Improving Load Safety:  5 Things All Trucking Companies Should Do

Proper load safety training, while often overlooked, is a key component in improving fleet operations and increasing efficiency, as well as driver safety and load safety.  When you factor in all of these benefits, your company could easily save hundreds of thousands of dollars each year on injury claims and load damage claims, in addition to the time saved by increased efficiency.

No matter if it’s a flatbed truck hauling a bed full of FIBC bags or a company car with a box in the front seat, there is always a proper way to load and secure.  Any time a load is not properly secured, there is a possibility of the load shifting which can cause the driver to not only lose or damage the product and/or equipment, but also to lose control of the vehicle altogether, resulting in loss of life for the driver as well as other motorists.

The following 5 load securement tips, while not exhaustive, will go a long way towards increasing the safety of your driver, your load and other motorists:

  • Regularly conduct workshops on driving basics. You don’t need to develop this content in-house. There are many great training courses for truck drivers.  Two of the best are Smith System and DuPont.   It’s also beneficial to regularly refresh your drivers’ knowledge about important other topics such as weather conditions, school buses and defensive driving.

  • All drivers should have training specifically for driving while under load (whether cargo or people).  Vehicles behave completely different when under load. It’s very easy to underestimate the amount of time that basic action like stopping or accelerating take, therefore it’s critical that your drivers have lots of practice to make sure that when they’re driving, they maintain awareness of their surroundings, are comfortable checking their mirrors regularly and that they don’t overreact (or under-react) to situations with which they’re unfamiliar.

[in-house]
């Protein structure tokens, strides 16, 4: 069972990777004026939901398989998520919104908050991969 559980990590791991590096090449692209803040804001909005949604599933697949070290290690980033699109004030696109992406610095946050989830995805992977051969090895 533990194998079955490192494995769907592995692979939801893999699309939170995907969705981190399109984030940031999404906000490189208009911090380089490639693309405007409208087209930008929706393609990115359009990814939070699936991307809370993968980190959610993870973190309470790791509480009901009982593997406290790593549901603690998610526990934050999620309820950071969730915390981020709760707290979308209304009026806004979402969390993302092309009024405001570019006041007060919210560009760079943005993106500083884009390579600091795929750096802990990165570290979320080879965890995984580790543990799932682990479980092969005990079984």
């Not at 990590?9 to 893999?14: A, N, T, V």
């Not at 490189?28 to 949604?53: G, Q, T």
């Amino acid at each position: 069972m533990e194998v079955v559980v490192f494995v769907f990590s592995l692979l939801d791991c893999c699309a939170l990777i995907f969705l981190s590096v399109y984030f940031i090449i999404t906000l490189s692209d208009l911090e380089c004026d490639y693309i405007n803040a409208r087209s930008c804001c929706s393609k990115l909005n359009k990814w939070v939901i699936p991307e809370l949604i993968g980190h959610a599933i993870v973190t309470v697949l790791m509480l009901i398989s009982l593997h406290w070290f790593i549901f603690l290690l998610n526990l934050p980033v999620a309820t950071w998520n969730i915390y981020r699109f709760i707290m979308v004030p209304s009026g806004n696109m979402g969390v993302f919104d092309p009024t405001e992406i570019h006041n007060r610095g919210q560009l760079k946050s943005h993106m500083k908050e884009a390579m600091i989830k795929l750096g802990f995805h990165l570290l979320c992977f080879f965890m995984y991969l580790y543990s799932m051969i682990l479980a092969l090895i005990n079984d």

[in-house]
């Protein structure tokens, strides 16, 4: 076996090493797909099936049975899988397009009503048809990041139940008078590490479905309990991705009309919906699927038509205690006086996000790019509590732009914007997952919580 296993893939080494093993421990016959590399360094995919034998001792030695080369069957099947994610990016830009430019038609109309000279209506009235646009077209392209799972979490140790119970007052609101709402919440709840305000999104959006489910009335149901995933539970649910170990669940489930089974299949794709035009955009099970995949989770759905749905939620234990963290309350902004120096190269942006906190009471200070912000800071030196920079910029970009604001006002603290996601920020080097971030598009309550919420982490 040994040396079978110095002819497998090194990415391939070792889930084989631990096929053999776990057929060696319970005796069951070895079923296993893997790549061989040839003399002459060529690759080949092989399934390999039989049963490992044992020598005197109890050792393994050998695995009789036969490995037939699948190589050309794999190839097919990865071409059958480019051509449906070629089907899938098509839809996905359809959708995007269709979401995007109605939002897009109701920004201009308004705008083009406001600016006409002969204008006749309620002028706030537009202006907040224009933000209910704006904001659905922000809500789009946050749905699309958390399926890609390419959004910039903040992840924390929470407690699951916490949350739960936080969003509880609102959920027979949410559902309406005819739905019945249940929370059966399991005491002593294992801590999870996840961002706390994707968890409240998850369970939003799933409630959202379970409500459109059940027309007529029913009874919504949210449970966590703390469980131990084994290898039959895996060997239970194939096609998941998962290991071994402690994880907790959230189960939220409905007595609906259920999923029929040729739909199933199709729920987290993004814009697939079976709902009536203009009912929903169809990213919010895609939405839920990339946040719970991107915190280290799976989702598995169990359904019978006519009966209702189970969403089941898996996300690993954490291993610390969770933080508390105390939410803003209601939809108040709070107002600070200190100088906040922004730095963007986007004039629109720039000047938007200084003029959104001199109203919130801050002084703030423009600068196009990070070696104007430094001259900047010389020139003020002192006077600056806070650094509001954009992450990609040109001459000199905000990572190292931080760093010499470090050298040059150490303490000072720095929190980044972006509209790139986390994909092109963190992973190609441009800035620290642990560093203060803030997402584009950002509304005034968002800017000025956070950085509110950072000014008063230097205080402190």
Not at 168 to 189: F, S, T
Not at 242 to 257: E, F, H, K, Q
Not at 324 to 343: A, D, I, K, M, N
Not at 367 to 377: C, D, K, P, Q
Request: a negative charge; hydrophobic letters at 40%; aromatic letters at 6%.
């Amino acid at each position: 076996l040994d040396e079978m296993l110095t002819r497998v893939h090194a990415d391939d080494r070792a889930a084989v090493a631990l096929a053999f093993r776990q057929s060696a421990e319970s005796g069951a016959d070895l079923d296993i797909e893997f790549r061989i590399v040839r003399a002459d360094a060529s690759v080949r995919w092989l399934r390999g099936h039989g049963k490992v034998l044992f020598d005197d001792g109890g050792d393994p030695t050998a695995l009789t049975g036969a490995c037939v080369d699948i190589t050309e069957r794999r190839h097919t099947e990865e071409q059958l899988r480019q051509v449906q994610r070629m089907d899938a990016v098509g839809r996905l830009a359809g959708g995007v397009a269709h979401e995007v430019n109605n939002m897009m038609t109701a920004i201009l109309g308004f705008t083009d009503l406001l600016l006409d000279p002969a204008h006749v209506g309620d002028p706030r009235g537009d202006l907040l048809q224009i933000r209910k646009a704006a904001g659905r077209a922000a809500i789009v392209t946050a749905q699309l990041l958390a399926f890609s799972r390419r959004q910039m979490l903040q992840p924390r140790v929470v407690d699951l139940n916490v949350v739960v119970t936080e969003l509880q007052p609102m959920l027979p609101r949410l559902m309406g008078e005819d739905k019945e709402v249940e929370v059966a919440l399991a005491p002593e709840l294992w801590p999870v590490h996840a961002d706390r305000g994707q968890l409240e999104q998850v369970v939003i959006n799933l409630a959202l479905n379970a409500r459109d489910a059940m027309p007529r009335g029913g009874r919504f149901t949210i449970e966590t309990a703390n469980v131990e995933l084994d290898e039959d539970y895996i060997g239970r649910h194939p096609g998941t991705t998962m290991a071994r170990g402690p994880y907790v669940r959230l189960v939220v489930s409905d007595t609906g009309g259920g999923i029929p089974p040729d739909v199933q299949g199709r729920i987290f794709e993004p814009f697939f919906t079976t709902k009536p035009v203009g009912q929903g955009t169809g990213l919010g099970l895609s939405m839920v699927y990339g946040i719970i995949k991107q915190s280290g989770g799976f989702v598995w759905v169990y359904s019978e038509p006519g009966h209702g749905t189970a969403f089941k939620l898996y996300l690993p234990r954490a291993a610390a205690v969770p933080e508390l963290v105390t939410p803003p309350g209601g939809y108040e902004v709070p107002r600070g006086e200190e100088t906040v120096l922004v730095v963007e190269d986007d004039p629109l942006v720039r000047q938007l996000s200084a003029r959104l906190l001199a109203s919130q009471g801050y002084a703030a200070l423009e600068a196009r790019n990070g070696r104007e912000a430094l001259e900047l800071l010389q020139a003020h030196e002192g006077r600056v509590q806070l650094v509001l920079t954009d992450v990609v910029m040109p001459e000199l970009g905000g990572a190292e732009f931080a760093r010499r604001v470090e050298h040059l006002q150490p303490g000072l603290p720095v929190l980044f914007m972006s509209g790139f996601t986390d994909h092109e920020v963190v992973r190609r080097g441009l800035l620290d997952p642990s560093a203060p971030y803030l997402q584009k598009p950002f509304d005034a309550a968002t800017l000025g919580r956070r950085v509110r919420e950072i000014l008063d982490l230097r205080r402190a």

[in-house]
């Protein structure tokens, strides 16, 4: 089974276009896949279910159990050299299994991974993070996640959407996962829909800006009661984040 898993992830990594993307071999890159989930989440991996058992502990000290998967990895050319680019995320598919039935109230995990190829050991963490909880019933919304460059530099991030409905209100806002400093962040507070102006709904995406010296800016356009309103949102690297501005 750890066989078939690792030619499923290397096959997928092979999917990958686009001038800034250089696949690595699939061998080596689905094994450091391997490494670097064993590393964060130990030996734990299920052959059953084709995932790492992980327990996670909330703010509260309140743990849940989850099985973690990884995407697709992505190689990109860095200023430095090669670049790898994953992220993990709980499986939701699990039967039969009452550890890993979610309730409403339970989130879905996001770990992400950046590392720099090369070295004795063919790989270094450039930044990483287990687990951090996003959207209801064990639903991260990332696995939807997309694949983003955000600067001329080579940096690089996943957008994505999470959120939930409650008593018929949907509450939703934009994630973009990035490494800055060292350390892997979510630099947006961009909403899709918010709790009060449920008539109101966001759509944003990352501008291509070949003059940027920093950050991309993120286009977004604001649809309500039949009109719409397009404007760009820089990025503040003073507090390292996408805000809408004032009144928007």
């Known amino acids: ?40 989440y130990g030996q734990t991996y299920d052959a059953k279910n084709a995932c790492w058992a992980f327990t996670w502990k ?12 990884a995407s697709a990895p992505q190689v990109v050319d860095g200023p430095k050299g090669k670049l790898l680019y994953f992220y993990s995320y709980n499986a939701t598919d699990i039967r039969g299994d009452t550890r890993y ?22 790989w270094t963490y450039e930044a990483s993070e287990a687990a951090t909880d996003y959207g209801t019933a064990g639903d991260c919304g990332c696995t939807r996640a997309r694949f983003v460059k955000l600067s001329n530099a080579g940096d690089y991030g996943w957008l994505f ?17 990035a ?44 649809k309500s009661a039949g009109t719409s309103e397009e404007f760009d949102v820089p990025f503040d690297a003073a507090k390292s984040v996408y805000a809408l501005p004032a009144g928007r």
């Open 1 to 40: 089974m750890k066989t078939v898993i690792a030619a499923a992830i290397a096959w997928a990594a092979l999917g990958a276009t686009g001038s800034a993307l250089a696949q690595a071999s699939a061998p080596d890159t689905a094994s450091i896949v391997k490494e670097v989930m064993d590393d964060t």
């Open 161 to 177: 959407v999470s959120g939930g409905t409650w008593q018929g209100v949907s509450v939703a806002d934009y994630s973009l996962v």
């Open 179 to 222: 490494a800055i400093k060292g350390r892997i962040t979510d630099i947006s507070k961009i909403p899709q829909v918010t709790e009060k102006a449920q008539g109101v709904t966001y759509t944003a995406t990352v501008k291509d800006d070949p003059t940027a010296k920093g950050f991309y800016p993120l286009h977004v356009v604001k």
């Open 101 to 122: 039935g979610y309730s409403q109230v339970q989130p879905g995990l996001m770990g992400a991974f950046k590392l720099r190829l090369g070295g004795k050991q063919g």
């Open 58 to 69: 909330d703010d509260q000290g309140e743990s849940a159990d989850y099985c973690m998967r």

• Regular load securement training, covering loads both outside and inside the vehicle, should be mandatory.  Free-moving object inside a vehicle can also cause fatal accidents. Often, such objects are the result of drivers absently throwing items in the front or back seats without considering the risks. It’s not so far-fetched that the person in front of your driver could suddenly hit the brakes, and your driver reacts by doing the same, and an item from the seat gets thrust to the floor and wedges the gas pedal.

  • Regularly remind drivers how to select the appropriate load restraints (according to weight, load type and other relevant factors) as well as how to correctly strap, block and brace loads on a flatbed as well as enclosed loads such as semi-trailers and cargo vans. It’s a good idea to distribute FMCSA free handbook on cargo securement to all drivers to place in their vehicles in to have a reference at all times.

  • Finally make sure that the proper, size-appropriate vehicle is being used. It happens more often that you might think that a 5-ton load goes out on a half-ton truck.   Overloading such as this renders all parts of the vehicle, from brakes to drivetrain to suspension unable to perform adequately.  This not only puts the driver and the load at risk, but also other motorists, thus paving the way for a potential lawsuit.

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